What’s the best all-purpose lightweight cutting board for home cooks?
Published July 23, 2020.
Plastic cutting boards don’t get no respect. Sure, they’re not as beautiful as their wood and bamboo counterparts, and they aren’t designed to last forever—nobody buys one expecting to hand it down to their grandchildren. But these utilitarian boards have their own advantages. Unlike wood cutting boards, plastic boards require no maintenance. They’re thin and relatively lightweight, so they’re much easier to maneuver and clean by hand than heavy wood cutting boards. What’s more, they can be thrown in the dishwasher, a boon for cooks who worry about hygiene when working with meat or poultry. And best of all, they’re comparatively inexpensive, making them accessible to most cooks and easy to replace in the event that they crack or warp.
We’ve never devoted an entire review solely to large plastic cutting boards, and we thought it was high time we put a spotlight on these practical, economical options. So we bought seven models, priced from about $19 to about $70, including the redesigned version of the OXO Good Grips Carving and Cutting Board, our favorite plastic cutting board in an earlier testing of different types of cutting boards. Each model measured about 20 inches long and 15 inches wide—the minimum size we’ve found to be best for all-purpose use, providing enough room to break down a chicken without feeling cramped.
We put the cutting boards to work, using them as we diced onions, minced parsley, pounded chicken breasts into cutlets, and cleaved nearly 10 pounds of chicken parts. We smeared chipotle chiles in adobo sauce on each model to evaluate if it stained and retained odors, and we washed all the boards by hand and in the dishwasher 50 times to test how they held up to extended wear and tear. We also sent copies of each cutting board home with staffers to see how they all fared over the course of a month.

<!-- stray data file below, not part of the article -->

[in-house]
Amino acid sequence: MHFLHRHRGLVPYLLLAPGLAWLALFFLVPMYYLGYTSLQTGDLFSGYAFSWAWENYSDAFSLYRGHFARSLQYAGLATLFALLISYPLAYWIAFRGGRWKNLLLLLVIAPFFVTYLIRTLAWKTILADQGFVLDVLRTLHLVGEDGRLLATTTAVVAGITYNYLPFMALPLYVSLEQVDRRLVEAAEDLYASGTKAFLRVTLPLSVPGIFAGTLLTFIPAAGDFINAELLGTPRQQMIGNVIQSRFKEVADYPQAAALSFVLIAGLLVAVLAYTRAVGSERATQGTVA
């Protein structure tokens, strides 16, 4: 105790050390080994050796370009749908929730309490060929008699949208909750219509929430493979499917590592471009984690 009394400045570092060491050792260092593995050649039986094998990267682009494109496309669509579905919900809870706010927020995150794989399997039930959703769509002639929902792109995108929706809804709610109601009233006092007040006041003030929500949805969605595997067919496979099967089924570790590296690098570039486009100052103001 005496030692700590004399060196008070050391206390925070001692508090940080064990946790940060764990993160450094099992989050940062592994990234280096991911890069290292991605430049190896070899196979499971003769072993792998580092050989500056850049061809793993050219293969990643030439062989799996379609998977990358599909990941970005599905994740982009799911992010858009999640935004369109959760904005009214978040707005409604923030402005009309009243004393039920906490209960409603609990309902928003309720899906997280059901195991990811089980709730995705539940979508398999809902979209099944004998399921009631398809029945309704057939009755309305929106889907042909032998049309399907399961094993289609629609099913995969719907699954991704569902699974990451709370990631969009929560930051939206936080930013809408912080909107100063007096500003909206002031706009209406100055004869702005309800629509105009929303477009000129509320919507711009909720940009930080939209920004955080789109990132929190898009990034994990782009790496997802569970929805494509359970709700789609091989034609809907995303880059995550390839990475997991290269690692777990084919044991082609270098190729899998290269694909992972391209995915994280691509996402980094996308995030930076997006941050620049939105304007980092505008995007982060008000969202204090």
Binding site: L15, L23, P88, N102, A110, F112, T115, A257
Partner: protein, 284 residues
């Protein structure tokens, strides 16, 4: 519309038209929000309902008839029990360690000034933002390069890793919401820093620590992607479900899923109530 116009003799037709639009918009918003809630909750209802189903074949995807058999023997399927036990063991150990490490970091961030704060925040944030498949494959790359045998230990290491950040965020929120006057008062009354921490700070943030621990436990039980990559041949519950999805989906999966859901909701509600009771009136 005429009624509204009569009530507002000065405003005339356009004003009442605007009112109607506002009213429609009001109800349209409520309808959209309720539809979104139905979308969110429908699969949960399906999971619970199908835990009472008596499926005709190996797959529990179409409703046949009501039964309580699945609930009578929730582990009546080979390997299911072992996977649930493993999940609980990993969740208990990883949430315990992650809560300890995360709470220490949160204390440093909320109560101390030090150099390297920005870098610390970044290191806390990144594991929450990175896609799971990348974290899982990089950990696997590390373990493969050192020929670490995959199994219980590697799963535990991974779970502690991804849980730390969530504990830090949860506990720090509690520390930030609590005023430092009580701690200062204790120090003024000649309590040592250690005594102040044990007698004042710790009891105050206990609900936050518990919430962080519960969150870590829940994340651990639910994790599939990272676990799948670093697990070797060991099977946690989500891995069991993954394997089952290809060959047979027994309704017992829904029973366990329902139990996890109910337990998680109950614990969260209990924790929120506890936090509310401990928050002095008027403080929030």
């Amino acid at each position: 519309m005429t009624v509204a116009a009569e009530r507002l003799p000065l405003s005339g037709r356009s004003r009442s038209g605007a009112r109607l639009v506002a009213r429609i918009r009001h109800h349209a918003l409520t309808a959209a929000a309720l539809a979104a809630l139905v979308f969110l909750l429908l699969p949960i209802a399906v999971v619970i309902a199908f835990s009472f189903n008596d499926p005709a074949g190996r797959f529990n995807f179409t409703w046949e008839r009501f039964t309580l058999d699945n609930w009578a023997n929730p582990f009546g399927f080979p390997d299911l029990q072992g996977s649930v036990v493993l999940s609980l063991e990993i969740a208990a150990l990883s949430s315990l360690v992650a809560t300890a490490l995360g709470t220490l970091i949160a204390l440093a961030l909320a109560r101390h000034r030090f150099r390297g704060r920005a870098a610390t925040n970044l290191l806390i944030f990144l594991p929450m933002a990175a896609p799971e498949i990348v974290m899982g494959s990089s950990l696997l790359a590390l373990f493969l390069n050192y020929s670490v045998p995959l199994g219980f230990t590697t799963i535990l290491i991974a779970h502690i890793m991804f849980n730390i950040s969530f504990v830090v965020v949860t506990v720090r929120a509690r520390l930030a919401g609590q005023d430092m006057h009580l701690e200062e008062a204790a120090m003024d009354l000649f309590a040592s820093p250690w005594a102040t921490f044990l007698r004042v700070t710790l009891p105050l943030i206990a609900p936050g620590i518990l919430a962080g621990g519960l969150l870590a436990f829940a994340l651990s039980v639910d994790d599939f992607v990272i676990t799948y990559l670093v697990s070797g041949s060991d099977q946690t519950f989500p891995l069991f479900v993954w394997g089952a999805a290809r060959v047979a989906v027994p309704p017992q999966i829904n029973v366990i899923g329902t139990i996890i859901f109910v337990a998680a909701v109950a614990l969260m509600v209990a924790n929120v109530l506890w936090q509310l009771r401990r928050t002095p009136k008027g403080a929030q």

Preferences started to emerge during the very first tests we ran. Stability was critical. While we don’t mind using a gripper mat or a damp paper towel under a board to help keep it steady, we’d prefer not to use one if we don’t have to. Used without these aids, some models just didn’t stay put on the counter. Weight helped: The heavier the board, the more likely it was to stay still as we chopped or diced. We preferred boards that had a little heft to them, weighing between 4 and 5 pounds, or about a third of the weight of our favorite heavy-duty wood board. Weight alone wasn’t enough to keep the boards from moving, though. Rubber grips—feet, strips, or ridges that help anchor the board to the counter—were even more important. Smooth plastic boards that lacked these grips skidded oc...
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Miye is a senior editor for ATK Reviews. She covers booze, blades, and gadgets of questionable value.